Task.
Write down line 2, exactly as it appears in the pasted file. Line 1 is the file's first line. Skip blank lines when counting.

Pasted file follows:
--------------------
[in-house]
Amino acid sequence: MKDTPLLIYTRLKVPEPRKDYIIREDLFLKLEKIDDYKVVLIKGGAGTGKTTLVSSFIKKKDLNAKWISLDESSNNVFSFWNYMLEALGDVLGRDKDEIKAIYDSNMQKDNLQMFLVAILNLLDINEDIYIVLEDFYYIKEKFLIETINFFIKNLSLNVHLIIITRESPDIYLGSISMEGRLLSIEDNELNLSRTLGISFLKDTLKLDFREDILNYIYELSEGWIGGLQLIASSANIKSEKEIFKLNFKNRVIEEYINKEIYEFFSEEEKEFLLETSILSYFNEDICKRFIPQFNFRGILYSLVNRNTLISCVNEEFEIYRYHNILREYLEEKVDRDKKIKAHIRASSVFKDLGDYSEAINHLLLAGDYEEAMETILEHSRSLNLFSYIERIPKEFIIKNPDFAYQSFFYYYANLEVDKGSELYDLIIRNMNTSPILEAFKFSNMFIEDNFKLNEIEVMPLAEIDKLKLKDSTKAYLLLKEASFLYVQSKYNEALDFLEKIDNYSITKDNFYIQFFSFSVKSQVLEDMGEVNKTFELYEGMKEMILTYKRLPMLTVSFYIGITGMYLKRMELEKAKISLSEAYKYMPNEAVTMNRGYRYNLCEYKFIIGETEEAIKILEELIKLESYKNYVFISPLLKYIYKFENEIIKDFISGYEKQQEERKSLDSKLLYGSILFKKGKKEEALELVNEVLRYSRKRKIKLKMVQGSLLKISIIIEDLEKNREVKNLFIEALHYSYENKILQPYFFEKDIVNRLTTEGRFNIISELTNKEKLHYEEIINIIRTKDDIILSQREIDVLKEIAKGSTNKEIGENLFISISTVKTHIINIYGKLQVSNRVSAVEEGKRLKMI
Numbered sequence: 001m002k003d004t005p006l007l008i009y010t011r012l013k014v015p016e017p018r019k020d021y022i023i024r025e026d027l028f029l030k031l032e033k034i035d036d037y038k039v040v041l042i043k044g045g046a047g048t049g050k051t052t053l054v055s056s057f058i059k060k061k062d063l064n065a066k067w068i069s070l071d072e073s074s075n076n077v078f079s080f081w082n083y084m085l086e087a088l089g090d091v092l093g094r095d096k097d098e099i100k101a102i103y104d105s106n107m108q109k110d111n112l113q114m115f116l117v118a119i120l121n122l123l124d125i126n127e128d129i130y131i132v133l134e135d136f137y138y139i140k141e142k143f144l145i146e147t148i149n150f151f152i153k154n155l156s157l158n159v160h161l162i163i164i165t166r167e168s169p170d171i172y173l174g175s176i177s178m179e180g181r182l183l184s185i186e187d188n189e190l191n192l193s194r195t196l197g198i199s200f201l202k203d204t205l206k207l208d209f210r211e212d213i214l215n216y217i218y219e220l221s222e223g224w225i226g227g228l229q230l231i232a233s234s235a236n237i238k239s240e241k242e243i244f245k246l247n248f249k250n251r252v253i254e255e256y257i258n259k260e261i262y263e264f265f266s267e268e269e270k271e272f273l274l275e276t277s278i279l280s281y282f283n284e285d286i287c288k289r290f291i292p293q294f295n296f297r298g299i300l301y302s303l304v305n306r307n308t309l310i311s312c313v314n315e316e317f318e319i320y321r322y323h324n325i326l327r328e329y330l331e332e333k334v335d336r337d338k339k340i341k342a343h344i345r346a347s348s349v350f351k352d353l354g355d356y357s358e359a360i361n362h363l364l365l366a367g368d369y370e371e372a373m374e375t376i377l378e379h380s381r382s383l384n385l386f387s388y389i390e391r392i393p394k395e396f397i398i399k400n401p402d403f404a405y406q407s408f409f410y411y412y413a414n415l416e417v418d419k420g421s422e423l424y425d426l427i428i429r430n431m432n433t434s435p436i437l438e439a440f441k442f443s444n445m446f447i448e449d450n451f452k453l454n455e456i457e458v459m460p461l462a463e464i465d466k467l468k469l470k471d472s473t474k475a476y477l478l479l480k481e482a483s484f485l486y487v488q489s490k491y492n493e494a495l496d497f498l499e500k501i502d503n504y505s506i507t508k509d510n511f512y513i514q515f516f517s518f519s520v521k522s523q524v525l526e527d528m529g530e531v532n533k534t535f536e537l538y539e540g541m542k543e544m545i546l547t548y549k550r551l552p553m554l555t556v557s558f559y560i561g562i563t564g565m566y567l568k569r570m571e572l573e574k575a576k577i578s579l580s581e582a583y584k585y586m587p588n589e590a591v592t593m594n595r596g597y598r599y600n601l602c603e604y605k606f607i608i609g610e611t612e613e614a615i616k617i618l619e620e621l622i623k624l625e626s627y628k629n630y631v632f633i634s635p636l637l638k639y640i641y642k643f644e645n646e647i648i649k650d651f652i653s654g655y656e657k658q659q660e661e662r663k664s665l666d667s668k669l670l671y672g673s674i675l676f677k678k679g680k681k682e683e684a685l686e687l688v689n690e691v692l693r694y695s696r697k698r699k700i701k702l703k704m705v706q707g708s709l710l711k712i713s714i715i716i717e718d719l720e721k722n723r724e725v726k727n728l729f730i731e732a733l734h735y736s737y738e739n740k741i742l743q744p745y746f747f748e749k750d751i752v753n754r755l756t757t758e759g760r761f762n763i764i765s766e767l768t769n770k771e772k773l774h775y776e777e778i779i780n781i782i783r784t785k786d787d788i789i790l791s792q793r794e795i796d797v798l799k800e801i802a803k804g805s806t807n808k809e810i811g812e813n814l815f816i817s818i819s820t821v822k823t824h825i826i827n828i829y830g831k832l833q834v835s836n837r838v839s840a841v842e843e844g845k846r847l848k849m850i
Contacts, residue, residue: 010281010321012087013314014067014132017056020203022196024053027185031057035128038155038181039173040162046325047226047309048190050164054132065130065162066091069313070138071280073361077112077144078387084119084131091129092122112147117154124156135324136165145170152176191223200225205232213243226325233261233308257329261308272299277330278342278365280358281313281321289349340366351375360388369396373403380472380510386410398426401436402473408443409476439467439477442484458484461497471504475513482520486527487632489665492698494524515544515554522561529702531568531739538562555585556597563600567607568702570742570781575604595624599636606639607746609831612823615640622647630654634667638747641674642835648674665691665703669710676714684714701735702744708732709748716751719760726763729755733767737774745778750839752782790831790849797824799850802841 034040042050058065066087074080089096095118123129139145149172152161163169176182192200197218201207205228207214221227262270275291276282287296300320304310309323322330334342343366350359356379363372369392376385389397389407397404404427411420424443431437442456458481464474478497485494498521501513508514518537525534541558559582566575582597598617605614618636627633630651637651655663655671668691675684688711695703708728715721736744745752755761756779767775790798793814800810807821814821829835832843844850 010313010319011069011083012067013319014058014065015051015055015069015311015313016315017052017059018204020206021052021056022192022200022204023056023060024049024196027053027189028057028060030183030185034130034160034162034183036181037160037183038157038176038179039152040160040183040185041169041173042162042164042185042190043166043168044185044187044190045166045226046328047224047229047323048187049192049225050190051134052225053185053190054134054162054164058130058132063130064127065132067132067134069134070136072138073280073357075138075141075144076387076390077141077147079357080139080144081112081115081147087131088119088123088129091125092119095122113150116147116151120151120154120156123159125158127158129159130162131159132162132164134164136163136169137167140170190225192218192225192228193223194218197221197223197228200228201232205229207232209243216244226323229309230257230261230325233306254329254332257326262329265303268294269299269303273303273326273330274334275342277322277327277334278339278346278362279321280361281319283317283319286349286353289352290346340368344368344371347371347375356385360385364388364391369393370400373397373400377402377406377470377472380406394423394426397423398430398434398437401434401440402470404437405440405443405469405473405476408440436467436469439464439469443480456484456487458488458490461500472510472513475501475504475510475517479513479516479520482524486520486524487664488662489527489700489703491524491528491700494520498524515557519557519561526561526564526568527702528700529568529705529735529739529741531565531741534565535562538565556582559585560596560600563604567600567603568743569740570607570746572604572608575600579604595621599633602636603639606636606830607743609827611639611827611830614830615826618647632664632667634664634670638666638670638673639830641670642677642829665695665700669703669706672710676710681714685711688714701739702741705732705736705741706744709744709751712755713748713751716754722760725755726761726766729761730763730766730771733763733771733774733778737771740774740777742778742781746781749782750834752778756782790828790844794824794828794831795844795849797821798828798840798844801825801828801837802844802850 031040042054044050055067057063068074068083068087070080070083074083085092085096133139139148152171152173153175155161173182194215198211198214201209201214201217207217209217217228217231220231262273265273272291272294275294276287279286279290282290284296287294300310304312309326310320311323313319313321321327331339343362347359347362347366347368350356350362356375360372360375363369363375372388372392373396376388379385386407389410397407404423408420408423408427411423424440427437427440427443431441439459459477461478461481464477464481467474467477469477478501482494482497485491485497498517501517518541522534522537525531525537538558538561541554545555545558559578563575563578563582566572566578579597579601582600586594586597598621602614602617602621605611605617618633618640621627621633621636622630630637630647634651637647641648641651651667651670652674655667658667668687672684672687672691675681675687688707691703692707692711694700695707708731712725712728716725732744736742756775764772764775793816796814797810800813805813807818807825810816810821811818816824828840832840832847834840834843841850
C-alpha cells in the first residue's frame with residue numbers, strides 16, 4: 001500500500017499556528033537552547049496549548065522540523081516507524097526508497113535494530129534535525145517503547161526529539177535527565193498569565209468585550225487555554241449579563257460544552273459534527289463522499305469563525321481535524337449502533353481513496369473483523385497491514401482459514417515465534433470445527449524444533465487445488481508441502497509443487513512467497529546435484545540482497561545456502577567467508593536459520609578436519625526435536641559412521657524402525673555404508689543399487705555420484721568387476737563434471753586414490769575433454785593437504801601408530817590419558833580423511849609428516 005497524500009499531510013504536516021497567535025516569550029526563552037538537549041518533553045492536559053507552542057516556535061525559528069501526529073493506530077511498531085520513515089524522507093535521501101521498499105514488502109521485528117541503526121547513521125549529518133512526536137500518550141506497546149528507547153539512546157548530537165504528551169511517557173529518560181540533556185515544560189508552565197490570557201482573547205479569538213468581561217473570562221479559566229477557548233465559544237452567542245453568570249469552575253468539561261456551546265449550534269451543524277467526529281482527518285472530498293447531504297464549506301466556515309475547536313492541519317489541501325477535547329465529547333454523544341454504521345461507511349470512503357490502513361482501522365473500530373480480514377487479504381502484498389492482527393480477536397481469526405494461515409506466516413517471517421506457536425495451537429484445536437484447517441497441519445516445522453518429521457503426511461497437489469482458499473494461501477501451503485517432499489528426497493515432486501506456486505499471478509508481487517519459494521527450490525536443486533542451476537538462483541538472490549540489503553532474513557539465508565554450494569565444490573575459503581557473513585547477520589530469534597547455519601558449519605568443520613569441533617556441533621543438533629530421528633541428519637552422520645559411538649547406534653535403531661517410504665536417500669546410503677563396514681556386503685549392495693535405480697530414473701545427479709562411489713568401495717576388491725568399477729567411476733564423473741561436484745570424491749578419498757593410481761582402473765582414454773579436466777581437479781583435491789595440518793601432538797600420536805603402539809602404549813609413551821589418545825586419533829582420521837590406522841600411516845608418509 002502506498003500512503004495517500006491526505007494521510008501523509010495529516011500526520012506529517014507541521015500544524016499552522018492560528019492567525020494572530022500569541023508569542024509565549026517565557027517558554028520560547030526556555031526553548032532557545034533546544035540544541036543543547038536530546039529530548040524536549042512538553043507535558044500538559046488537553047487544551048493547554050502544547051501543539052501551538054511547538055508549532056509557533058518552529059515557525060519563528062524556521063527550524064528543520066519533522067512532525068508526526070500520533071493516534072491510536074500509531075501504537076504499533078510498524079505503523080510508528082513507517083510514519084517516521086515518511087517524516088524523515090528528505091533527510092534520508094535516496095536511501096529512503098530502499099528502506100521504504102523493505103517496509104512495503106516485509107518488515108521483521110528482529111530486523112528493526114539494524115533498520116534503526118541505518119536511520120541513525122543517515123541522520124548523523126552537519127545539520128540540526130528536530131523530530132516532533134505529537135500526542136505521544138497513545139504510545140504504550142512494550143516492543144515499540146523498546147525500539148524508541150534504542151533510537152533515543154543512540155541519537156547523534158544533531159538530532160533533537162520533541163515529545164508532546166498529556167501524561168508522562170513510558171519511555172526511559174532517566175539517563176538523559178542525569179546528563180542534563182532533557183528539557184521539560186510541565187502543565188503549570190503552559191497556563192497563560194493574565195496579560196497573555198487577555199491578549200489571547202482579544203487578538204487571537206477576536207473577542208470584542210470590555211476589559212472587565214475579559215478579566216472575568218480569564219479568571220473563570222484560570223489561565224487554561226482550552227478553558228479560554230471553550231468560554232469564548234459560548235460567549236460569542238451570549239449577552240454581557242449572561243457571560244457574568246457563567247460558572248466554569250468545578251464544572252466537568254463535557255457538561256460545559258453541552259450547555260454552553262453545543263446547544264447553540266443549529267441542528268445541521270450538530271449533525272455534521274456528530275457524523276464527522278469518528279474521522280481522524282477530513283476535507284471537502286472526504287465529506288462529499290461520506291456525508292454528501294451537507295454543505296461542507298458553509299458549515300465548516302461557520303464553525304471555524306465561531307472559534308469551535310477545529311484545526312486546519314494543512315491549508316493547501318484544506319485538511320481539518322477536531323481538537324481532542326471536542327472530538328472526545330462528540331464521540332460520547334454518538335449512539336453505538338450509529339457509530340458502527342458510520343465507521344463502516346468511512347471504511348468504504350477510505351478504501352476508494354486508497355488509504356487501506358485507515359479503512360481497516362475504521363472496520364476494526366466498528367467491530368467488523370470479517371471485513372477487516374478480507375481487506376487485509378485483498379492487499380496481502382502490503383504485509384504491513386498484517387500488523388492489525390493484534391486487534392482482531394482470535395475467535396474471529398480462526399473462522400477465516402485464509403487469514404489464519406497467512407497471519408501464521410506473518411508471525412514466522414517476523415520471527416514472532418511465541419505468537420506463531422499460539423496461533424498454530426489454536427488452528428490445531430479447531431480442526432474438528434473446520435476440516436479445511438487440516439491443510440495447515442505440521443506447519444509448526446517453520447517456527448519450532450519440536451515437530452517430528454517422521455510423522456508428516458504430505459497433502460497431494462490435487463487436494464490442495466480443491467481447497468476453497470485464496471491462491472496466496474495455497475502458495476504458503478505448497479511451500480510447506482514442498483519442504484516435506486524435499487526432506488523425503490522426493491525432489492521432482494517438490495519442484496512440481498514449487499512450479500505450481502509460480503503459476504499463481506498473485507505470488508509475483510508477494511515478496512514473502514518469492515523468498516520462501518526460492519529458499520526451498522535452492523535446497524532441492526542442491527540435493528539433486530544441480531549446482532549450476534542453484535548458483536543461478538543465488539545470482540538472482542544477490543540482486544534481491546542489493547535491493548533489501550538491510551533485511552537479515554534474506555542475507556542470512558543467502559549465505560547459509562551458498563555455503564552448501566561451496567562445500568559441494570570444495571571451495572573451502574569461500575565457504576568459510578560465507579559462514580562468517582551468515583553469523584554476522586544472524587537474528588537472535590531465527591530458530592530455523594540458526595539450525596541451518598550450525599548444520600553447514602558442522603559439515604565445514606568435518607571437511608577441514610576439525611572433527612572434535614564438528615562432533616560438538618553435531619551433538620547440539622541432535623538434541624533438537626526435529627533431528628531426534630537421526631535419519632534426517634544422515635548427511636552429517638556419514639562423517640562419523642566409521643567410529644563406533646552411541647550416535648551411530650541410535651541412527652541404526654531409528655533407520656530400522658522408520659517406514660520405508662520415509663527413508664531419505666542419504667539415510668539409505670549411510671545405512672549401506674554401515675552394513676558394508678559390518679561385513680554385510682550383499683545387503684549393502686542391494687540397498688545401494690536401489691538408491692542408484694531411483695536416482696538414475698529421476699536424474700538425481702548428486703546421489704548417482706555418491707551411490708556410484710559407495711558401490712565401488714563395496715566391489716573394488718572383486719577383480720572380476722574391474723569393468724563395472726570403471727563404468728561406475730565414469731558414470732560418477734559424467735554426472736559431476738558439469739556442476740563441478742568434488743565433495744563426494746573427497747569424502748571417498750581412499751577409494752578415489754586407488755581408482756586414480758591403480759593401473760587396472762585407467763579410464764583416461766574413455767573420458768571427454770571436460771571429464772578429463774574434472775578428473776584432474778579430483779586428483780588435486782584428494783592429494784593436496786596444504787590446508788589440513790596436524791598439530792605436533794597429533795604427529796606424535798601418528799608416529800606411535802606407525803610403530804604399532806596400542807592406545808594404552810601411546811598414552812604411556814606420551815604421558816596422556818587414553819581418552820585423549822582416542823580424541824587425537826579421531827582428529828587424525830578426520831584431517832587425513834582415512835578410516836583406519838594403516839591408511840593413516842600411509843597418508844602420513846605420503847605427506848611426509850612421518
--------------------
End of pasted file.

Amino acid sequence: MKDTPLLIYTRLKVPEPRKDYIIREDLFLKLEKIDDYKVVLIKGGAGTGKTTLVSSFIKKKDLNAKWISLDESSNNVFSFWNYMLEALGDVLGRDKDEIKAIYDSNMQKDNLQMFLVAILNLLDINEDIYIVLEDFYYIKEKFLIETINFFIKNLSLNVHLIIITRESPDIYLGSISMEGRLLSIEDNELNLSRTLGISFLKDTLKLDFREDILNYIYELSEGWIGGLQLIASSANIKSEKEIFKLNFKNRVIEEYINKEIYEFFSEEEKEFLLETSILSYFNEDICKRFIPQFNFRGILYSLVNRNTLISCVNEEFEIYRYHNILREYLEEKVDRDKKIKAHIRASSVFKDLGDYSEAINHLLLAGDYEEAMETILEHSRSLNLFSYIERIPKEFIIKNPDFAYQSFFYYYANLEVDKGSELYDLIIRNMNTSPILEAFKFSNMFIEDNFKLNEIEVMPLAEIDKLKLKDSTKAYLLLKEASFLYVQSKYNEALDFLEKIDNYSITKDNFYIQFFSFSVKSQVLEDMGEVNKTFELYEGMKEMILTYKRLPMLTVSFYIGITGMYLKRMELEKAKISLSEAYKYMPNEAVTMNRGYRYNLCEYKFIIGETEEAIKILEELIKLESYKNYVFISPLLKYIYKFENEIIKDFISGYEKQQEERKSLDSKLLYGSILFKKGKKEEALELVNEVLRYSRKRKIKLKMVQGSLLKISIIIEDLEKNREVKNLFIEALHYSYENKILQPYFFEKDIVNRLTTEGRFNIISELTNKEKLHYEEIINIIRTKDDIILSQREIDVLKEIAKGSTNKEIGENLFISISTVKTHIINIYGKLQVSNRVSAVEEGKRLKMI